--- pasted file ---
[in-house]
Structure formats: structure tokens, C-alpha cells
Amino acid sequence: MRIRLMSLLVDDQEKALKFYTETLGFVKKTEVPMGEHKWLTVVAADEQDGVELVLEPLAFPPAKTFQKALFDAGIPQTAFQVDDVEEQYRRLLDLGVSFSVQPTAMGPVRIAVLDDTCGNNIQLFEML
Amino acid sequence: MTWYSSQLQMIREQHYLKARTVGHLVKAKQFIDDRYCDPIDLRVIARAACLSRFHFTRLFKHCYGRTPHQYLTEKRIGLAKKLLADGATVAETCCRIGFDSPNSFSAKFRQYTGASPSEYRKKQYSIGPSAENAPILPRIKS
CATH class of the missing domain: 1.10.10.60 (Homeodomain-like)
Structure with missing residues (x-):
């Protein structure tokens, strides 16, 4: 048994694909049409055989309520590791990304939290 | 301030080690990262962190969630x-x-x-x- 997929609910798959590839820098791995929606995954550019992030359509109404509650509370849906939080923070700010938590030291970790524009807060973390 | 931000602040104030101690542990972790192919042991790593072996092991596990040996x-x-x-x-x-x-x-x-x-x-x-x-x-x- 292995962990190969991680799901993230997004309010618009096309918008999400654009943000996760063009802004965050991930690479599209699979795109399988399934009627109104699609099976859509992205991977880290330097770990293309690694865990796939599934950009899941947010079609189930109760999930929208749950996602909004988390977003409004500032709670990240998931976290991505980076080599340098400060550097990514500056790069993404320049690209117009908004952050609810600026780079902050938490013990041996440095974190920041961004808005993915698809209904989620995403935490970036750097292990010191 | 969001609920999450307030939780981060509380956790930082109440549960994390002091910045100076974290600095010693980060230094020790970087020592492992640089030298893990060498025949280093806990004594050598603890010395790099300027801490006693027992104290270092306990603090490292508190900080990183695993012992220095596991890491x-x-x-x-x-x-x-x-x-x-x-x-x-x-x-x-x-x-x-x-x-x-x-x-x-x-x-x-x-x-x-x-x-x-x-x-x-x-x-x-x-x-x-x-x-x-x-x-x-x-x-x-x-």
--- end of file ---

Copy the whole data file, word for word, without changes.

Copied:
[in-house]
Structure formats: structure tokens, C-alpha cells
Amino acid sequence: MRIRLMSLLVDDQEKALKFYTETLGFVKKTEVPMGEHKWLTVVAADEQDGVELVLEPLAFPPAKTFQKALFDAGIPQTAFQVDDVEEQYRRLLDLGVSFSVQPTAMGPVRIAVLDDTCGNNIQLFEML
Amino acid sequence: MTWYSSQLQMIREQHYLKARTVGHLVKAKQFIDDRYCDPIDLRVIARAACLSRFHFTRLFKHCYGRTPHQYLTEKRIGLAKKLLADGATVAETCCRIGFDSPNSFSAKFRQYTGASPSEYRKKQYSIGPSAENAPILPRIKS
CATH class of the missing domain: 1.10.10.60 (Homeodomain-like)
Structure with missing residues (x-):
């Protein structure tokens, strides 16, 4: 048994694909049409055989309520590791990304939290 | 301030080690990262962190969630x-x-x-x- 997929609910798959590839820098791995929606995954550019992030359509109404509650509370849906939080923070700010938590030291970790524009807060973390 | 931000602040104030101690542990972790192919042991790593072996092991596990040996x-x-x-x-x-x-x-x-x-x-x-x-x-x- 292995962990190969991680799901993230997004309010618009096309918008999400654009943000996760063009802004965050991930690479599209699979795109399988399934009627109104699609099976859509992205991977880290330097770990293309690694865990796939599934950009899941947010079609189930109760999930929208749950996602909004988390977003409004500032709670990240998931976290991505980076080599340098400060550097990514500056790069993404320049690209117009908004952050609810600026780079902050938490013990041996440095974190920041961004808005993915698809209904989620995403935490970036750097292990010191 | 969001609920999450307030939780981060509380956790930082109440549960994390002091910045100076974290600095010693980060230094020790970087020592492992640089030298893990060498025949280093806990004594050598603890010395790099300027801490006693027992104290270092306990603090490292508190900080990183695993012992220095596991890491x-x-x-x-x-x-x-x-x-x-x-x-x-x-x-x-x-x-x-x-x-x-x-x-x-x-x-x-x-x-x-x-x-x-x-x-x-x-x-x-x-x-x-x-x-x-x-x-x-x-x-x-x-």